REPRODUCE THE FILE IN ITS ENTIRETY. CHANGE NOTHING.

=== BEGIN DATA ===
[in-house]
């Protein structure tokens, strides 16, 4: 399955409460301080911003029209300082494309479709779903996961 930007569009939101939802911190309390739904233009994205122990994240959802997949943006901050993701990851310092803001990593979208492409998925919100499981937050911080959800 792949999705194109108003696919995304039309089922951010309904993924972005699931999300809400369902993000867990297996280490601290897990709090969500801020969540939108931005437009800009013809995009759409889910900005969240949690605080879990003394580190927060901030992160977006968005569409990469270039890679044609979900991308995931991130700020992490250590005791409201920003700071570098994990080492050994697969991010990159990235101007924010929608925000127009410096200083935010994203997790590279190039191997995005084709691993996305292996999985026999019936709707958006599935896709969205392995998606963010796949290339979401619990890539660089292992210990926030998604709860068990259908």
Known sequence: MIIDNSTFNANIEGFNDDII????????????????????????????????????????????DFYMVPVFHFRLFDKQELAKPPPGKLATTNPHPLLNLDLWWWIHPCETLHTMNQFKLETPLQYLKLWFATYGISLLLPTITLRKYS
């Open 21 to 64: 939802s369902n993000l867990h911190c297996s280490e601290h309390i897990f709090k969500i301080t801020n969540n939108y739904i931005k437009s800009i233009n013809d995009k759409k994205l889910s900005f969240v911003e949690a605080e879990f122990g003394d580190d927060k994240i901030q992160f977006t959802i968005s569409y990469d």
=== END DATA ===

[in-house]
């Protein structure tokens, strides 16, 4: 399955409460301080911003029209300082494309479709779903996961 930007569009939101939802911190309390739904233009994205122990994240959802997949943006901050993701990851310092803001990593979208492409998925919100499981937050911080959800 792949999705194109108003696919995304039309089922951010309904993924972005699931999300809400369902993000867990297996280490601290897990709090969500801020969540939108931005437009800009013809995009759409889910900005969240949690605080879990003394580190927060901030992160977006968005569409990469270039890679044609979900991308995931991130700020992490250590005791409201920003700071570098994990080492050994697969991010990159990235101007924010929608925000127009410096200083935010994203997790590279190039191997995005084709691993996305292996999985026999019936709707958006599935896709969205392995998606963010796949290339979401619990890539660089292992210990926030998604709860068990259908």
Known sequence: MIIDNSTFNANIEGFNDDII????????????????????????????????????????????DFYMVPVFHFRLFDKQELAKPPPGKLATTNPHPLLNLDLWWWIHPCETLHTMNQFKLETPLQYLKLWFATYGISLLLPTITLRKYS
């Open 21 to 64: 939802s369902n993000l867990h911190c297996s280490e601290h309390i897990f709090k969500i301080t801020n969540n939108y739904i931005k437009s800009i233009n013809d995009k759409k994205l889910s900005f969240v911003e949690a605080e879990f122990g003394d580190d927060k994240i901030q992160f977006t959802i968005s569409y990469d």